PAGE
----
Recall-Faculty and Professor Emeritus of Criminology, Law and Society
Ph.D. Stony Brook University
Social Ecology II
Criminology, Law and Society
white-collar and corporate crime, criminology, criminal justice, sociology of law
Henry N. Pontell is Professor Emeritus in the Departments of Criminology, Law and Society and Sociology at UCI, and Distinguished University Professor in the Department of Sociology at John Jay College of Criminal Justice and The CUNY Graduate Center of The City University of New York. He’s been Chair of Sociology at John Jay, and of Criminology, Law and Society at UCI, where he’s also served as Director of Graduate Studies in Social Ecology, Associate Dean of Graduate Studies, and Faculty Assistant to the Vice Chancellor for Research. He’s had visiting appointments at the Australian National University, the University of Virginia, the University of Melbourne, the University of Macau, Macau University of Science and Technology, the University of Hong Kong, and Waseda University in Tokyo, Japan.
He conceived and led the development of the Master of Advanced Study (MAS) Program in Criminology, Law and Society, which in 2003 became the first online degree program at the University of California. The MAS was rated #1 in the nation by U.S. News & World Report in its first ranking of online criminal justice graduate programs in January 2015, shortly after he retired as its Director. The MAS was also rated #1 in the Top 50 Best Value Online Graduate Criminal Justice Programs of 2016.
His research and teaching interests include deviance and social control, white-collar and corporate crime, punishment and criminal justice system capacity issues, financial and health care fraud, identity theft, comparative criminology, and cyber crime. He has lectured at universities and government offices throughout the world, testified before the U.S. Senate on financial fraud, given invited presentations to The National Academies and the U.S. Department of Justice, and worked with numerous organizations and law enforcement agencies including the FBI and the U.S. Secret Service. His research on white-collar crime has been highlighted in the national and international media.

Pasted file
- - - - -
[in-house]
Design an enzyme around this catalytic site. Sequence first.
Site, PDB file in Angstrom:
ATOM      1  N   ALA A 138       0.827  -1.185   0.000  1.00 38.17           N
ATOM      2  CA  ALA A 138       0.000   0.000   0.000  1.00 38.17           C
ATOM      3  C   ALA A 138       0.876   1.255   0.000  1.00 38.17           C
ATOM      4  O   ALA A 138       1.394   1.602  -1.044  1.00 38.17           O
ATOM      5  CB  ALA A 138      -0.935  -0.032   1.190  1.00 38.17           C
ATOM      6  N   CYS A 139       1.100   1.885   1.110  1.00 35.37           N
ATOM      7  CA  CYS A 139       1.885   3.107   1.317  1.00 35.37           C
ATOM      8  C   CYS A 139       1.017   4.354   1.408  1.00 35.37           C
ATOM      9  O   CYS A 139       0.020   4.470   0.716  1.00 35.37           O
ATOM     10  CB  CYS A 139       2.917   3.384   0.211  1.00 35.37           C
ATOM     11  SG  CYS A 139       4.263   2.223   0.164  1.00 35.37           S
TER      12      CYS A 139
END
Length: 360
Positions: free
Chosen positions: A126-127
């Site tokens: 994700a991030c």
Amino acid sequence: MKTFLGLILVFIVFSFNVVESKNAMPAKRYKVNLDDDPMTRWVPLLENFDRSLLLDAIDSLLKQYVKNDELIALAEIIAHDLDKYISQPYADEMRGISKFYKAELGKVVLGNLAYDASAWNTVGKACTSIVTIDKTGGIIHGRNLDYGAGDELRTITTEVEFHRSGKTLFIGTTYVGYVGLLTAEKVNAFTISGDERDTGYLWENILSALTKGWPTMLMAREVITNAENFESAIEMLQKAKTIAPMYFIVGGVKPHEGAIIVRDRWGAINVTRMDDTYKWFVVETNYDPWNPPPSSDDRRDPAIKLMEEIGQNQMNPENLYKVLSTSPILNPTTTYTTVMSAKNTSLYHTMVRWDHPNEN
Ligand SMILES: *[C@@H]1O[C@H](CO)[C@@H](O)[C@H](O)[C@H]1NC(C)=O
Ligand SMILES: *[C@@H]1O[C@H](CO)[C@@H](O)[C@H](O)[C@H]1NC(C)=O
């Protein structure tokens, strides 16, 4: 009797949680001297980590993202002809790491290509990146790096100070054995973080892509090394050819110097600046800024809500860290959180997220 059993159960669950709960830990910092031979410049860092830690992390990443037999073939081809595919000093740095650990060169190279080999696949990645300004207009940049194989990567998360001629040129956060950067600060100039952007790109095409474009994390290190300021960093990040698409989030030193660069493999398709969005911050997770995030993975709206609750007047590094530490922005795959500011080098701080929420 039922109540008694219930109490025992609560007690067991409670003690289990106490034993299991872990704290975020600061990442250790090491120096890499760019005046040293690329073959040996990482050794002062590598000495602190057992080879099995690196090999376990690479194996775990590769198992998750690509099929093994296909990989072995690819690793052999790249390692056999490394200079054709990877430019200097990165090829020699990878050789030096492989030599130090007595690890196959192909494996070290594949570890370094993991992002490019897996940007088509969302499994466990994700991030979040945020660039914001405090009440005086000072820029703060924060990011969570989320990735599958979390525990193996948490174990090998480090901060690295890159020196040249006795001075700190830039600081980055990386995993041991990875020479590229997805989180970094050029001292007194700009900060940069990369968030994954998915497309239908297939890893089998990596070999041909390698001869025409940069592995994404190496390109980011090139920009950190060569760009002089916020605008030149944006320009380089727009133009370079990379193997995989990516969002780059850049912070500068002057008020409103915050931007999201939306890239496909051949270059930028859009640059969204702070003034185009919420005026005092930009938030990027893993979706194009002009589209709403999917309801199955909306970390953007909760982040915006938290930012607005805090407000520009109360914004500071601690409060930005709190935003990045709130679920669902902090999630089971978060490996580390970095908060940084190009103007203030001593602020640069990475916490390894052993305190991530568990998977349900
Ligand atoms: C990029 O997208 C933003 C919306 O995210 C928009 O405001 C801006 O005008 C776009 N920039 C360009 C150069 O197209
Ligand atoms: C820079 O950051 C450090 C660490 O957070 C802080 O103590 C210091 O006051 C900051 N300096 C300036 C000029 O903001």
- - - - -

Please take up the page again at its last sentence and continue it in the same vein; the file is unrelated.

Among other awards and honors, Dr. Pontell has received the Albert J. Reiss, Jr. Distinguished Scholarship Award from the American Sociological Association, the Donald R. Cressey Award from the Association of Certified Fraud Examiners, the Paul Tappan and Joseph T. Lohman Awards from the Western Society of Criminology, the Herbert Bloch Award from the American Society of Criminology, the Gil Geis Lifetime Achievement, and the President’s Awards from the National White Collar Crime Center, the Cecil and Ida Green Honors Chair at Texas Christian University, and the Daniel G. Aldrich Jr. Distinguished University Service Award at UC, Irvine. He is also an Honorary Fellow in the Centre for Criminology at the University of Hong Kong.
His books include International Handbook of White-Collar and Corporate Crime (Springer), Financial Crime and Crises in the Era of False Profits (Oxford University Press), Social Deviance (McGraw Hill), Profit Without Honor: White-Collar Crime and the Looting of America (Pearson), Big Money Crime: Fraud and Politics in the Savings and Loan Crisis (University of California Press), A Capacity to Punish: The Ecology of Crime and Punishment (Indiana University Press), Contemporary Issues in Crime and Criminal Justice: Essays in Honor of Gilbert Geis (Pearson), and Prescription for Profit: How Doctors Defraud Medicaid (University of California Press).
Dr. Pontell is past Vice-President of the American Society of Criminology and President of the Western Society of Criminology, and is a Fellow of both organizations. He is a past President of the White-Collar Crime Research Consortium of the National White-Collar Crime Center, now the Division of White-Collar and Corporate Crime of the American Society of Criminology. He is Editor of the Oxford University Press book series, Keynotes in Criminology and Criminal Justice and Editor-in-Chief of the Oxford Research Encyclopedia of Criminology & Criminal Justice.